Leblon Cachaca Review
Distilled in Brazil; Aged in France
80 Proof (40% ABV)
Typcial Price: About $30 for 750ml
We've had our bottle of Leblon Cachaca for a couple weeks now, and it didn't really cross our mind to question what "Leblon" meant. A last name? An acronym? We weren't sure. But after digging around through their site for a while (a site that has an overabundance of mail nipples, if you ask us) we found out that Leblon is a "hip, upscale beach neighborhood adjacent to Ipanema in Rio de Janeiro."
Sounds like a cool place to be, but does Leblon live up to its hipster name? Read on to find out.
Pale and clear. Looks like vodka or a white rum.
Leblon's nose walks the line between citrusy and sugary sweet, and gives off the odor of a lime flavored rum. It smells much rummier than the other Cachacas we've tried, and also offers a pretty heavy whiff of ester and a slight hint of molasses. The Leblon site also says the drink offers "wisps of pear, lichee fruit and fresh honey suckle" and while we didn't smell any lychee we could see where they were coming from on the whole pear thing.
This is where things got interesting. The initial taste is a mixture of sugar and citrus, and there's a definite smack of rum to it - which isn't surprising considering it's the only Cachaca we've tried that is actually referred to by its creators as rum.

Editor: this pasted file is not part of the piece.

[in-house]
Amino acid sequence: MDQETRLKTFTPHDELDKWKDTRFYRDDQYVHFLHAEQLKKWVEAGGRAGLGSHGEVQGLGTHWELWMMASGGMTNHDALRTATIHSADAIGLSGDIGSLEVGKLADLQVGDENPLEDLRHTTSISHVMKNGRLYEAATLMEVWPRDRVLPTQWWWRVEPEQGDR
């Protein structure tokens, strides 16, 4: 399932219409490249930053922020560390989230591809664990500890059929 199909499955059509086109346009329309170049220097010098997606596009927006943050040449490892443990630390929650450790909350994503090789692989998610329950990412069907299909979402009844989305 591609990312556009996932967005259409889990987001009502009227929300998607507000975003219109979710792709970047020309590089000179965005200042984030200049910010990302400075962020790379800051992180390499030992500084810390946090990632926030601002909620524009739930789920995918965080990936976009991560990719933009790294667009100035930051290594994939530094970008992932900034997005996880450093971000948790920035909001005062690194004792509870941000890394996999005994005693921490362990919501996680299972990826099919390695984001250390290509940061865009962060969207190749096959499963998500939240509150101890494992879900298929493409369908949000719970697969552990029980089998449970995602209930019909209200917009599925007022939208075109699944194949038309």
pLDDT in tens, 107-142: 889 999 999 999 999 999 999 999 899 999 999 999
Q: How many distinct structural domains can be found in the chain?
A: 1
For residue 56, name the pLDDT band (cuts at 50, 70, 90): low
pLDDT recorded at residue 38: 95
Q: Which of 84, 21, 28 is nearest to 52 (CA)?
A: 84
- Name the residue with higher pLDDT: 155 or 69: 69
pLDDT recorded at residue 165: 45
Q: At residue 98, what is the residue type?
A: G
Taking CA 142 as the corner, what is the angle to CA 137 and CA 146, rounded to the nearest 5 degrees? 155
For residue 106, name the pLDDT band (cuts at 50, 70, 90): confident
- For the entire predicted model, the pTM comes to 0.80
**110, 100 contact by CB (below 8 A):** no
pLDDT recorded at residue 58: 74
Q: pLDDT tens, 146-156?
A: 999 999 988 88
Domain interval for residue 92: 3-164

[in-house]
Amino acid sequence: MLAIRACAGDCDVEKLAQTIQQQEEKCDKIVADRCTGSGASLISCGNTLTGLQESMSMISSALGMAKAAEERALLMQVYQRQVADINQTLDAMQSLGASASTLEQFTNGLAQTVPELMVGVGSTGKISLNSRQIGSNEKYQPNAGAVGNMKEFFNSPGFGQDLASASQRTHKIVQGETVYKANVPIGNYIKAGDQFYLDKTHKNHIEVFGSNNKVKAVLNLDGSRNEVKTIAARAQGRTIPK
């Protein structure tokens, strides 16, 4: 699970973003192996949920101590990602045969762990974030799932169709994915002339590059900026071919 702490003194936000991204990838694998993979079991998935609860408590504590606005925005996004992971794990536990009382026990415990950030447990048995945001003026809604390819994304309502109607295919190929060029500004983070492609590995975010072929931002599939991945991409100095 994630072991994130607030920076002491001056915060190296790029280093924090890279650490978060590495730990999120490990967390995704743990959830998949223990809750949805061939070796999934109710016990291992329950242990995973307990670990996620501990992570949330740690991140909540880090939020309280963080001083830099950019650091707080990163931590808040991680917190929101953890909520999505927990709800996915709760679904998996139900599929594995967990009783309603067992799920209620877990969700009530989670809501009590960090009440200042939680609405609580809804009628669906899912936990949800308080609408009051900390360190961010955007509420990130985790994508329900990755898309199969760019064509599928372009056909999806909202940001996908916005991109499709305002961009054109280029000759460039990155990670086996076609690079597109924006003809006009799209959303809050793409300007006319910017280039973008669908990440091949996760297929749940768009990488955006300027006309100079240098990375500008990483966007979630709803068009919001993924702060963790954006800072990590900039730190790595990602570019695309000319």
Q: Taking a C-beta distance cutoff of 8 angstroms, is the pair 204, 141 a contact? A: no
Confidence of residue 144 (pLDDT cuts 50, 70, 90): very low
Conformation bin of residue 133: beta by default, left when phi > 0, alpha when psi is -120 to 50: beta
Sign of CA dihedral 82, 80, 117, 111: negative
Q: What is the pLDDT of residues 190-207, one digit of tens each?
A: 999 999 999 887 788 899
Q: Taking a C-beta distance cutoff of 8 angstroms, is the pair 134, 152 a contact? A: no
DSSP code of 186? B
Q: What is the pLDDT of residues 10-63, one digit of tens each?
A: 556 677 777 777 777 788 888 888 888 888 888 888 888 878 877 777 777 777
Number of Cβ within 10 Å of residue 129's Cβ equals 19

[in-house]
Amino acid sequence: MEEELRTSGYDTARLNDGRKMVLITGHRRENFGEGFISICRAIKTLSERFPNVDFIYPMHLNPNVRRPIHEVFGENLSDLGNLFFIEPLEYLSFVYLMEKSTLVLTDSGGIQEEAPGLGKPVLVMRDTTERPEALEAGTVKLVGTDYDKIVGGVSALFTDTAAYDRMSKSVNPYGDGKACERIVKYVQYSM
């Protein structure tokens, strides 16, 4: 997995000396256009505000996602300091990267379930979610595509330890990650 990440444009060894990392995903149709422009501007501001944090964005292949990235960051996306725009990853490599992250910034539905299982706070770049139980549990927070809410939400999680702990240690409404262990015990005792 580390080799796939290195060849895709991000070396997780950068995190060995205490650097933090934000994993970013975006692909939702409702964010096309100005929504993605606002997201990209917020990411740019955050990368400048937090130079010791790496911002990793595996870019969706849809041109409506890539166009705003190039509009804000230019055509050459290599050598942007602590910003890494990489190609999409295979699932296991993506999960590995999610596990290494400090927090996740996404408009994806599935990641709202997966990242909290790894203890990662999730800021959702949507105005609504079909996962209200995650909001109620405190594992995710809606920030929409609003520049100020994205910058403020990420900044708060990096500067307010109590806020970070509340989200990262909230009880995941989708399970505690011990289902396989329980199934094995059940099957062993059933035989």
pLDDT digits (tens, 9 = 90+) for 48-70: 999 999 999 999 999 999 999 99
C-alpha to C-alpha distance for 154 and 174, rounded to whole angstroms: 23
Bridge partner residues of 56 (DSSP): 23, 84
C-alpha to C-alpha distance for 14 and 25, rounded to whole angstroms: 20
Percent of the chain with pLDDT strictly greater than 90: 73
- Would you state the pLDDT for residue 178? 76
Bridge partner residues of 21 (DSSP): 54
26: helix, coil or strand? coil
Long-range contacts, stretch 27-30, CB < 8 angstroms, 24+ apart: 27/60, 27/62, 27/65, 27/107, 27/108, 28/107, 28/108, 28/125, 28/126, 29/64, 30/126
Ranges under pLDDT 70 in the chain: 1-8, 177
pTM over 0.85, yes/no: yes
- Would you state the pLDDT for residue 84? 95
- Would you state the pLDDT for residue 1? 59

Leblon is distilled in Brazil but is then shipped off to France for aging in Cognac casks, and this resting definitely helps ratchet down some of the white lightning aspects that plague some Cachacas. Some of that harshness remains, however, and behind the rummy taste is a dry, astringent aftertaste that is very apparent when you sip it neat.
Some would say, however, that Cachaca isn't designed to be sipped neat, and once we put it into a caipirinha things settled down a bit and the astringency mellowed out significantly. We also thought Leblon held up well in other cocktails, and was a solid replacement for rum in the sweeter drinks we mixed, including a Cachaca daiquiri.
Good but not great, especially for the higher price. We were a bit disappointed with Leblon after all the hype we've been hearing. It wasn't bad by any means, and we're of the opinion that a middling Cachaca is better than nothing, but we wanted to be blown away - especially by a booze that traveled from Brazil to France to our gullets. All in all we say pick up a bottle if you're a Cachaca completist, and give a Leblon Caipirinha a try (it's available in more and more bars) to see what you think.
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Posted by Jake Jamieson at September 6, 2006 11:14 AM